People love to consume, but the cost to our world is adding up faster than we think. Since the dawn of the industrial age, we’ve been producing products that are designed for obsolescence. Planned obsolescence is a popular business strategy that incorporates the obsolescence of a product into its design. In other words, this strategy creates products that are designed to fail so the consumer will feel obligated to buy a new one.
Although it sounds like planned obsolescence is limited mostly to products with electronic components or other products with a short lifespan, it also applies to items that are built to last for decades. Cars, clothes, shoes, and handbags are just several examples of products that won’t necessarily break down after a few years, but will quickly become aesthetically obsolete.
One look at the landfills and our oceans tells the story of what this business strategy is doing to our planet. However, there are people working to undo the damage.
Here are 5 signs that indicate we’re moving from a disposable to a sustainable society:
1. People are reusing items in creative ways
Thanks to Pinterest and other similar craft blogs, more people are getting involved in art projects that require only the materials you can find in your recycle bin – like aluminum cans. This craft blog published an article with detailed instructions on how to make a variety of crafts from soda cans, including cookie cutters, a table lamp using the tabs, bracelets, flowers, and even lanterns.
2. People are recycling outside the box
Today, we think nothing of dumping off old cars at the junkyard, assuming people who need parts will slowly pick them apart over the years. If the parts are common to other models that may work for a while, but as cars age they become obsolete. At some point, the parts become worthless, and then what can you do with the car?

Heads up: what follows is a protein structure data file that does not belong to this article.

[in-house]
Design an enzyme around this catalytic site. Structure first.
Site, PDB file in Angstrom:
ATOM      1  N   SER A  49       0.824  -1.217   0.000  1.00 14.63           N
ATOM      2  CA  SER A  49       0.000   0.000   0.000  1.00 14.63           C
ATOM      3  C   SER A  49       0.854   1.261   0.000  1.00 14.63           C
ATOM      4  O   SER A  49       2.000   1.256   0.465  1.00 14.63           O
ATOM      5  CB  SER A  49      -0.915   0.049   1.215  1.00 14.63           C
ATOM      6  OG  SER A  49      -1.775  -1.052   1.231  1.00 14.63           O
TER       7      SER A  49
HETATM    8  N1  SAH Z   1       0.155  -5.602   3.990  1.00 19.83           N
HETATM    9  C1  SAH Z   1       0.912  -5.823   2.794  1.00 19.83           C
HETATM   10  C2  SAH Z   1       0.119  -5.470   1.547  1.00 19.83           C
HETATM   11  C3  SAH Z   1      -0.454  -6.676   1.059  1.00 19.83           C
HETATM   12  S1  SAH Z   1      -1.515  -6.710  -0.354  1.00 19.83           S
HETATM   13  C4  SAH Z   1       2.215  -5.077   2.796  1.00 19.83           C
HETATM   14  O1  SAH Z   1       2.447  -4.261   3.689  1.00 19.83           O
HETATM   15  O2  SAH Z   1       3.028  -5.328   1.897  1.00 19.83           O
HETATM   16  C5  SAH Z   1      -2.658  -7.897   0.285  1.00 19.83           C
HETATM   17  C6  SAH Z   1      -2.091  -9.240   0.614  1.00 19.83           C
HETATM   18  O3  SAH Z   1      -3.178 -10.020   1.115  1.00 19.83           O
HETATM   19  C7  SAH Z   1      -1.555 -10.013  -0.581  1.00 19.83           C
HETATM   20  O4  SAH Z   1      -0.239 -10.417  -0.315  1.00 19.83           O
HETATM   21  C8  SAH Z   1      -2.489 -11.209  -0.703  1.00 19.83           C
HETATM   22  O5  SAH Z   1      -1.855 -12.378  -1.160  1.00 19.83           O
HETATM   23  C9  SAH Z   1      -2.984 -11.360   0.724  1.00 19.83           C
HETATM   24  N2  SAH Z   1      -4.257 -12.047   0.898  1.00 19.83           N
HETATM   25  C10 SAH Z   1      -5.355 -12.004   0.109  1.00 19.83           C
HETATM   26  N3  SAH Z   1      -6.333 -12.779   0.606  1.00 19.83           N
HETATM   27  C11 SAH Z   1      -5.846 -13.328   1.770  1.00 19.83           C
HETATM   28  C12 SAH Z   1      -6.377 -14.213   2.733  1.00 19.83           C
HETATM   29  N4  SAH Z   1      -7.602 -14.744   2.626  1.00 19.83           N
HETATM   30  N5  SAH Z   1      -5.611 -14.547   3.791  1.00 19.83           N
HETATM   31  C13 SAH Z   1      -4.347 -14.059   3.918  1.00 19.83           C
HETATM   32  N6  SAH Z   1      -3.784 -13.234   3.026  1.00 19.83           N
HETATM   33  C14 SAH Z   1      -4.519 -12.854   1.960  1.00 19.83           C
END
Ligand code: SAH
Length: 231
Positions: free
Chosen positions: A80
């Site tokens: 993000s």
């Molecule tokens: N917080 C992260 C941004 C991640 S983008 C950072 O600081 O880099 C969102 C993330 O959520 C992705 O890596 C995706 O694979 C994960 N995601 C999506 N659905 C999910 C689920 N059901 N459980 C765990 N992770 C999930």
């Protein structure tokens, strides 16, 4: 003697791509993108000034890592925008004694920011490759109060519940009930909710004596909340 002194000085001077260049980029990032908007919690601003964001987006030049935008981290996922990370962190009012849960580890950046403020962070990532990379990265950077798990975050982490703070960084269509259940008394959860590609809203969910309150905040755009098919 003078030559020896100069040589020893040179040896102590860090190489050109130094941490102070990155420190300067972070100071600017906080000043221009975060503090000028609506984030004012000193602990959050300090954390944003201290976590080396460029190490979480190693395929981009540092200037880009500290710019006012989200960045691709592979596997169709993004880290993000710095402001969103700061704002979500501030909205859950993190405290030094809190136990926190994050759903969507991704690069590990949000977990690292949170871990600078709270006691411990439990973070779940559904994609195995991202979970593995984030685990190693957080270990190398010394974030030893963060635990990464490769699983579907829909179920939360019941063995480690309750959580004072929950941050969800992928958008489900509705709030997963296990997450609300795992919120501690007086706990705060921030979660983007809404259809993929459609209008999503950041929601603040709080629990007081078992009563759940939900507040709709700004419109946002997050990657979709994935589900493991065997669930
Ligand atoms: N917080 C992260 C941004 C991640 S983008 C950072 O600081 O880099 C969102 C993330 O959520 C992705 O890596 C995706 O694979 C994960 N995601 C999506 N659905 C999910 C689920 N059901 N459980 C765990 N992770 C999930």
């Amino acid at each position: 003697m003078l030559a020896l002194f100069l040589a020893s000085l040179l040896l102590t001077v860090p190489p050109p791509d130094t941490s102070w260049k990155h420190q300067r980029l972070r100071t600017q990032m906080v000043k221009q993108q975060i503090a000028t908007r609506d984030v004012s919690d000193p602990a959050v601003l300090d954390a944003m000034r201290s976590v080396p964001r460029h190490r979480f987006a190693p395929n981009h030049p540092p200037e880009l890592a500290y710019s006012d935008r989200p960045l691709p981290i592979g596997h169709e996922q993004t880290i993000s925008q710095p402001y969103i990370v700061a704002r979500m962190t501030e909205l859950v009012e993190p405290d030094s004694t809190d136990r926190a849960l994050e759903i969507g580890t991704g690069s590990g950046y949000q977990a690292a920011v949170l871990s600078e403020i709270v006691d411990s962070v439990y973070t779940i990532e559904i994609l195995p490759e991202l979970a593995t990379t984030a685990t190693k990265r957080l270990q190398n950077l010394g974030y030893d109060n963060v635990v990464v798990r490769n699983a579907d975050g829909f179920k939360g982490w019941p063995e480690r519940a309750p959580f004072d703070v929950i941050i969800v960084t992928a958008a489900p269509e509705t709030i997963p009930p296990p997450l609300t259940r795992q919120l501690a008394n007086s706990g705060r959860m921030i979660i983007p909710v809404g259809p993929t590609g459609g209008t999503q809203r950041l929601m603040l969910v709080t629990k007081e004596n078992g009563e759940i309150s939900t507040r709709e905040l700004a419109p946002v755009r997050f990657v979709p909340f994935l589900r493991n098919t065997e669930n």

Thankfully, technology allows more materials to be recycled than ever before, including cars. With 25 cars being recycled every minute, the scrap industry recovers about 145 million tons of recyclable materials that get used for industrial manufacturing.
With 10 million cars being scrapped every year in the US, it’s clear that car manufacturers are still using planned obsolescence, but the businesses designed to combat the waste through recycling are catching up.
3. Young kids are coming up with workable solutions
At the age of 17, Boyan Slat, CEO and founder of The Ocean Cleanup, invented a method that leverages the ocean’s natural currents to remove half of the “Pacific Garbage Patch” in just five years. His goal is to remove as much plastic as possible while it’s still in large pieces, to prevent it from breaking down into smaller particles that can’t be recovered.
Tests are currently being run in the Pacific Ocean, and the project is expected to launch in 2018.
4. People are becoming aware of the problem
It’s one thing to do your part and separate your glass, paper, aluminum, and lawn clippings. It’s another to follow up and find out if your recyclables are actually being recycled. For decades, people have taken recycling bins for granted, thinking that it was enough to separate their trash. However, just separating your recyclables doesn’t guarantee they’ll get recycled.
As the landfills in Hong Kong reach critical capacity, one woman (who had spent years diligently separating her recyclables at her apartment complex) discovered that everything goes straight to the landfill and all her efforts had been in vain.
The problem is that recycled materials aren’t worth anything if manufacturers can get new materials cheaply enough. If recycled materials like plastic aren’t worth anything, the need to employ local recyclers drops.
The only way people will take action is if they understand the severity of the problem. Until now, people have been misled to believe separating their recycling guarantees it gets recycled. With more awareness spreading, more people will be willing to do their part.
5. Sweden ran out of trash
Sweden is a country far ahead of the rest when it comes to recycling. Since 2011, each year less than 1% of Swedish household trash has been sent to the landfill. This is a country that values reusing, repairing, and sharing.
Sweden’s recycling program is so well engineered, they ran out of trash and are now importing trash from other countries to keep their recycling plants open. Sweden currently imports much of its trash from EU countries, where there is a ban on landfills. Taking the trash from the EU helps them avoid hefty fines, and it also ensures the materials are getting recycled.
All of these are wonderful signs that we’re moving from being wasteful to becoming sustainable on all levels.